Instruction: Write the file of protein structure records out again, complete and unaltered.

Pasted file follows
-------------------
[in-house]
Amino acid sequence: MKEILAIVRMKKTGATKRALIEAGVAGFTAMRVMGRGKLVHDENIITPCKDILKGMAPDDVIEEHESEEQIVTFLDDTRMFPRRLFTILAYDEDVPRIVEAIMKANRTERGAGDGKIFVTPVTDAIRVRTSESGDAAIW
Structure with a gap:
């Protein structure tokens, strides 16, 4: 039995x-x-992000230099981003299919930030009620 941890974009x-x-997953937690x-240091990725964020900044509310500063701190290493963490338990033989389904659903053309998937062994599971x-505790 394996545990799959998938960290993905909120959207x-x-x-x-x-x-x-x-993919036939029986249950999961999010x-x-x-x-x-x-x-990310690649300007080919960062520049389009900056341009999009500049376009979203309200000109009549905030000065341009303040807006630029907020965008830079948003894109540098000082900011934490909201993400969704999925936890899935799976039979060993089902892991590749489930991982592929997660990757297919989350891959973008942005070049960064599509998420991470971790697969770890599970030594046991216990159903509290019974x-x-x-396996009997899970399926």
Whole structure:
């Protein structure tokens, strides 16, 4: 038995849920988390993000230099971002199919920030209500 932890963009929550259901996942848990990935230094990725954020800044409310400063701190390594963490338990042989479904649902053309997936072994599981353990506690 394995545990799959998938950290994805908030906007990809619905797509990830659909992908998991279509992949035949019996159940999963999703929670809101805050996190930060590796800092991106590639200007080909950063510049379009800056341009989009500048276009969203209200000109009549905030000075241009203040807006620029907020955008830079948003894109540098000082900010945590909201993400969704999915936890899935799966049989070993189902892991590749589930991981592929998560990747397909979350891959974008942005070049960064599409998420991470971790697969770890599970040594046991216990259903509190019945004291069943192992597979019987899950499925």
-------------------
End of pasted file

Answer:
[in-house]
Amino acid sequence: MKEILAIVRMKKTGATKRALIEAGVAGFTAMRVMGRGKLVHDENIITPCKDILKGMAPDDVIEEHESEEQIVTFLDDTRMFPRRLFTILAYDEDVPRIVEAIMKANRTERGAGDGKIFVTPVTDAIRVRTSESGDAAIW
Structure with a gap:
């Protein structure tokens, strides 16, 4: 039995x-x-992000230099981003299919930030009620 941890974009x-x-997953937690x-240091990725964020900044509310500063701190290493963490338990033989389904659903053309998937062994599971x-505790 394996545990799959998938960290993905909120959207x-x-x-x-x-x-x-x-993919036939029986249950999961999010x-x-x-x-x-x-x-990310690649300007080919960062520049389009900056341009999009500049376009979203309200000109009549905030000065341009303040807006630029907020965008830079948003894109540098000082900011934490909201993400969704999925936890899935799976039979060993089902892991590749489930991982592929997660990757297919989350891959973008942005070049960064599509998420991470971790697969770890599970030594046991216990159903509290019974x-x-x-396996009997899970399926």
Whole structure:
């Protein structure tokens, strides 16, 4: 038995849920988390993000230099971002199919920030209500 932890963009929550259901996942848990990935230094990725954020800044409310400063701190390594963490338990042989479904649902053309997936072994599981353990506690 394995545990799959998938950290994805908030906007990809619905797509990830659909992908998991279509992949035949019996159940999963999703929670809101805050996190930060590796800092991106590639200007080909950063510049379009800056341009989009500048276009969203209200000109009549905030000075241009203040807006620029907020955008830079948003894109540098000082900010945590909201993400969704999915936890899935799966049989070993189902892991590749589930991981592929998560990747397909979350891959974008942005070049960064599409998420991470971790697969770890599970040594046991216990259903509190019945004291069943192992597979019987899950499925």